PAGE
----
A cloud of silence covers her face. Immense, beautiful, perfectly insipid. She takes a sip from the straw. Two hungry thighs squirm before me and she unleashes her top. She cups the roundness of her heaving breasts and gives them a good upward squeeze, lets go. Plunk. Then her fingers find my thighs and I feel like all the others, hooked in the gill, waiting to be dragged along the wake and then eaten. The room spins its fuzzy red syllables. A purple curtain parts. A man in a cape begins to sob. Or sing. Or something. And I am the man in the cape. I have no home. Just this perverse little cave of a room, in my soul, or across from the Moulin Rouge, where a purple curtain closes, and gods play grim their violins.


Posted in T.R. Healy with tags on April 21, 2010 by Scot

“Maria Roberge?”
Thinnes reached into the canvas bag strapped across his chest and took out a small bottle wrapped with a pink ribbon and presented it to her.
“What’s this?” she asked, puzzled by the offer.
“Something from an admirer.”
“From you?”
Shyly he shook his head.  “No, ma’am, I’m just the messenger.”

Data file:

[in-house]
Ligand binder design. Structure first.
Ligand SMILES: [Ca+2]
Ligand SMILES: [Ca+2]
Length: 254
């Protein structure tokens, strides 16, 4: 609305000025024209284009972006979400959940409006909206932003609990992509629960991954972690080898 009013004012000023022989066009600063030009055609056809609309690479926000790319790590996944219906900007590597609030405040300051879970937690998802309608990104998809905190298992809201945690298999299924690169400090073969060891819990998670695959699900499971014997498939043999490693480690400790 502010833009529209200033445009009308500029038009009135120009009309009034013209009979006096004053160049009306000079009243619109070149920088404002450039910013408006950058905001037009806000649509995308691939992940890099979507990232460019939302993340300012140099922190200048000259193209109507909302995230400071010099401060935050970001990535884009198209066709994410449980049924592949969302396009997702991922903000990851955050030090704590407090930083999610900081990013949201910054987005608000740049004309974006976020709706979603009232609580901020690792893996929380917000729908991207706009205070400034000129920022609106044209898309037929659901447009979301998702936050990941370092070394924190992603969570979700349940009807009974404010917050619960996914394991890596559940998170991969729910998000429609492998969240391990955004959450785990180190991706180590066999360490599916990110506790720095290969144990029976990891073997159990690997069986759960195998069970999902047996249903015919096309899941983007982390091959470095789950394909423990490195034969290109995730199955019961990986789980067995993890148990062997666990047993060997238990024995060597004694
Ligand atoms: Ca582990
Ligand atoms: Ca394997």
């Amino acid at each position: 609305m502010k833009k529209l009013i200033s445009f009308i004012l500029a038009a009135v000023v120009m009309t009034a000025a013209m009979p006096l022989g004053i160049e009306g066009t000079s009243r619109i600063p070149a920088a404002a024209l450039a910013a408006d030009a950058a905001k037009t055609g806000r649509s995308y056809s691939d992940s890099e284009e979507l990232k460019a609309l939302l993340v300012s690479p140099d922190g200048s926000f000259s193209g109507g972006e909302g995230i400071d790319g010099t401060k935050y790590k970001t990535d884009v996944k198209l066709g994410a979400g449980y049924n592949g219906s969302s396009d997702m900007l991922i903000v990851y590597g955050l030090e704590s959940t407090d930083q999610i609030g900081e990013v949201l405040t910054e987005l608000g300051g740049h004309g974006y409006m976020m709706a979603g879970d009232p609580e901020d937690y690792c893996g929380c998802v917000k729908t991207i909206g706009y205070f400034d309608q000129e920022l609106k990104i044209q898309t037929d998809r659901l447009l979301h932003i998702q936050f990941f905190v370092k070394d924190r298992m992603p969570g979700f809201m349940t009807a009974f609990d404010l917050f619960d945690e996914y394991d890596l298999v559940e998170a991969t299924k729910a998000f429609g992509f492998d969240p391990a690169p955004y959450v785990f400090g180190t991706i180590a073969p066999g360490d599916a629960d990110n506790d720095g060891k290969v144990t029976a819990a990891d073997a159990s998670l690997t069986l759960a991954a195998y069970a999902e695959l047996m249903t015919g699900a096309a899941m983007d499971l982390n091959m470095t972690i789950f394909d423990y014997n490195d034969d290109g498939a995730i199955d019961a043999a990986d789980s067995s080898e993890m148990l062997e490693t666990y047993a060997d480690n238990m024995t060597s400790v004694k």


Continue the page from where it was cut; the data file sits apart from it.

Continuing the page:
Her sliver of a mouth widened into a cryptic grin.  “Well, thank you, young man,” she said, after accepting the bottle.
“My pleasure.”

Moments later, back on his Italian racing bike, Thinnes swerved around the corner and headed north toward the river.  The next delivery on his schedule was to the manager of a vintage clothing store on the edge of Chinatown.  He had three more bottles to deliver then he would be through for the day and would not have earned a penny.  Swift Spokes, the courier service he rode for, had volunteered its riders to participate in a fund-raising project, sponsored by the Children’s Hospital, to benefit heart disease research.  The idea, according to a hospital spokesman, was to spread the message of love across the city.  Specifically, people were encouraged to donate ten dollars for the opportunity to write a love note to someone and have the note placed inside a bottle and delivered to the person.  When he arrived at the banquet room of the hospital this morning, he was startled to find two long cafeteria tables set up with manual typewriters at which people could write their love notes.  He had never seen so many typewriters in his life, only the couple in the attic at his grandmother’s house.  He was amazed how loud they were, making as much clatter as dancers on a hardwood floor.

Abruptly, a horn blared, and on his left a dented panel truck roared by, the driver blaring his horn twice more.
Bastard, he thought, pedaling hard as he strained to make it through the intersection before the light changed.
“Bastard!” he shouted once he got through, though he doubted if the guy could hear him above the buzz of traffic.